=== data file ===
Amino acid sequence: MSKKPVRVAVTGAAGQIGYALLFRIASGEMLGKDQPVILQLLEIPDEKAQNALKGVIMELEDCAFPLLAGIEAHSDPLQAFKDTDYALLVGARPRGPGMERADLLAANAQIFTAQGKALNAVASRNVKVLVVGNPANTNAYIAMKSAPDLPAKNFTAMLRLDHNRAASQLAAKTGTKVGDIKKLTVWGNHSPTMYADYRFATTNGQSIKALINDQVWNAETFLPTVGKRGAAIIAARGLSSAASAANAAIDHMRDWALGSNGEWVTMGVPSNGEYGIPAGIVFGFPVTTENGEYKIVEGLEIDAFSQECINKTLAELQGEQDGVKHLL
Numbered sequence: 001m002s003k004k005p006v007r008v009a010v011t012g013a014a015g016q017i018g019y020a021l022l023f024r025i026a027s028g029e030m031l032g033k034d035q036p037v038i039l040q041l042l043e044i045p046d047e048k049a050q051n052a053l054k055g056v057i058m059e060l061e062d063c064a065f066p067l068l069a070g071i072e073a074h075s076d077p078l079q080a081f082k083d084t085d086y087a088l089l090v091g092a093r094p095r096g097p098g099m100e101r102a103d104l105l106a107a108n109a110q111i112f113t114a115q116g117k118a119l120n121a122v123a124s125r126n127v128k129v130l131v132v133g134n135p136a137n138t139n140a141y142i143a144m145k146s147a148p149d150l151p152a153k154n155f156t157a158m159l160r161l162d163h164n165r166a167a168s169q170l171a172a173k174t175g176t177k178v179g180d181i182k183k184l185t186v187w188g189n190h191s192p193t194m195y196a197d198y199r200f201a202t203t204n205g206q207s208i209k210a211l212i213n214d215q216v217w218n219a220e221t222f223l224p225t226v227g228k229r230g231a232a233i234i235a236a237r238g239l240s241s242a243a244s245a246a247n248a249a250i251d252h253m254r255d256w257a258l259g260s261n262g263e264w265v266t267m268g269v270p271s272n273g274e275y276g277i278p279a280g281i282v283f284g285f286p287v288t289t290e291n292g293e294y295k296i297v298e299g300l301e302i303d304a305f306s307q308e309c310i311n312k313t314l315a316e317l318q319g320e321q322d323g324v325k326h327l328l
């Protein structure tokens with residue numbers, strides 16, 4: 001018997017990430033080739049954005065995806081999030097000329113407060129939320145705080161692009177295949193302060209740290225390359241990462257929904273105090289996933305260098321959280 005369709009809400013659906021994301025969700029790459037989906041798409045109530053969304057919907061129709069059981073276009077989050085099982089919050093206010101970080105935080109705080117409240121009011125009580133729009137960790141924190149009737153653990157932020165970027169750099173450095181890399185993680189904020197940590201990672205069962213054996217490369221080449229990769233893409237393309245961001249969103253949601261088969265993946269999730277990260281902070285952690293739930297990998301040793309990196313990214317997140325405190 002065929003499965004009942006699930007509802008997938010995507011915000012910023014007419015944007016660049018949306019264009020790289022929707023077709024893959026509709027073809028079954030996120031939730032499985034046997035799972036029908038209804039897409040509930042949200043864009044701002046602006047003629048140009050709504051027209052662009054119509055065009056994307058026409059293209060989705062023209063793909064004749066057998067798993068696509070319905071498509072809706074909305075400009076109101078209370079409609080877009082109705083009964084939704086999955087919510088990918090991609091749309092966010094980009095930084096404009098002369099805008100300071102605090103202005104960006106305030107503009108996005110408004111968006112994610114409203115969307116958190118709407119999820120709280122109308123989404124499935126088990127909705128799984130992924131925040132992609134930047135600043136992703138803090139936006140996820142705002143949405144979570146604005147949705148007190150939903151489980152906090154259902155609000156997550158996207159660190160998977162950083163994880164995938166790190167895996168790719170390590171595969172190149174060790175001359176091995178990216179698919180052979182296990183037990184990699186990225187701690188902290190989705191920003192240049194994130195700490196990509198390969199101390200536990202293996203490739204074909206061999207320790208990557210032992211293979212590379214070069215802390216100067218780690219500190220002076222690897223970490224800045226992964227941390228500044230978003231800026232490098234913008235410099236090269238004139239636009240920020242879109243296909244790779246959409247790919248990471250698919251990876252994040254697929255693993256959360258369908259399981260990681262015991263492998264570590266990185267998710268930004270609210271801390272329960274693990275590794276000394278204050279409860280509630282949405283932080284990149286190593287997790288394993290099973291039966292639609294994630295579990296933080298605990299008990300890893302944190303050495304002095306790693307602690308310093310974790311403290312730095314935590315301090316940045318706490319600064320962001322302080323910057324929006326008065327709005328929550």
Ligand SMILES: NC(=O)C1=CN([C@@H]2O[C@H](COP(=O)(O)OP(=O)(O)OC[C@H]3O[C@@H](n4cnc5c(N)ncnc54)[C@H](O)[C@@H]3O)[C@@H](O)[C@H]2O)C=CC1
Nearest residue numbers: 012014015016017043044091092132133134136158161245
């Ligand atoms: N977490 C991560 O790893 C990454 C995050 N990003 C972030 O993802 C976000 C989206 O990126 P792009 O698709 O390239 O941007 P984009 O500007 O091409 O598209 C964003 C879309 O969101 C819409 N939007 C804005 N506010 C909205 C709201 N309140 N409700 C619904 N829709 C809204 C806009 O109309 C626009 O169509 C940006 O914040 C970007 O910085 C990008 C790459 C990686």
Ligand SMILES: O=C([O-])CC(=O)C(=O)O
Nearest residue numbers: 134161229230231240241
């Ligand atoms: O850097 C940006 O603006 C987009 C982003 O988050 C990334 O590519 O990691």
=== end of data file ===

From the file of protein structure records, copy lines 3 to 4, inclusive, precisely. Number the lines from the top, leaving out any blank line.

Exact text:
């Protein structure tokens with residue numbers, strides 16, 4: 001018997017990430033080739049954005065995806081999030097000329113407060129939320145705080161692009177295949193302060209740290225390359241990462257929904273105090289996933305260098321959280 005369709009809400013659906021994301025969700029790459037989906041798409045109530053969304057919907061129709069059981073276009077989050085099982089919050093206010101970080105935080109705080117409240121009011125009580133729009137960790141924190149009737153653990157932020165970027169750099173450095181890399185993680189904020197940590201990672205069962213054996217490369221080449229990769233893409237393309245961001249969103253949601261088969265993946269999730277990260281902070285952690293739930297990998301040793309990196313990214317997140325405190 002065929003499965004009942006699930007509802008997938010995507011915000012910023014007419015944007016660049018949306019264009020790289022929707023077709024893959026509709027073809028079954030996120031939730032499985034046997035799972036029908038209804039897409040509930042949200043864009044701002046602006047003629048140009050709504051027209052662009054119509055065009056994307058026409059293209060989705062023209063793909064004749066057998067798993068696509070319905071498509072809706074909305075400009076109101078209370079409609080877009082109705083009964084939704086999955087919510088990918090991609091749309092966010094980009095930084096404009098002369099805008100300071102605090103202005104960006106305030107503009108996005110408004111968006112994610114409203115969307116958190118709407119999820120709280122109308123989404124499935126088990127909705128799984130992924131925040132992609134930047135600043136992703138803090139936006140996820142705002143949405144979570146604005147949705148007190150939903151489980152906090154259902155609000156997550158996207159660190160998977162950083163994880164995938166790190167895996168790719170390590171595969172190149174060790175001359176091995178990216179698919180052979182296990183037990184990699186990225187701690188902290190989705191920003192240049194994130195700490196990509198390969199101390200536990202293996203490739204074909206061999207320790208990557210032992211293979212590379214070069215802390216100067218780690219500190220002076222690897223970490224800045226992964227941390228500044230978003231800026232490098234913008235410099236090269238004139239636009240920020242879109243296909244790779246959409247790919248990471250698919251990876252994040254697929255693993256959360258369908259399981260990681262015991263492998264570590266990185267998710268930004270609210271801390272329960274693990275590794276000394278204050279409860280509630282949405283932080284990149286190593287997790288394993290099973291039966292639609294994630295579990296933080298605990299008990300890893302944190303050495304002095306790693307602690308310093310974790311403290312730095314935590315301090316940045318706490319600064320962001322302080323910057324929006326008065327709005328929550």
Ligand SMILES: NC(=O)C1=CN([C@@H]2O[C@H](COP(=O)(O)OP(=O)(O)OC[C@H]3O[C@@H](n4cnc5c(N)ncnc54)[C@H](O)[C@@H]3O)[C@@H](O)[C@H]2O)C=CC1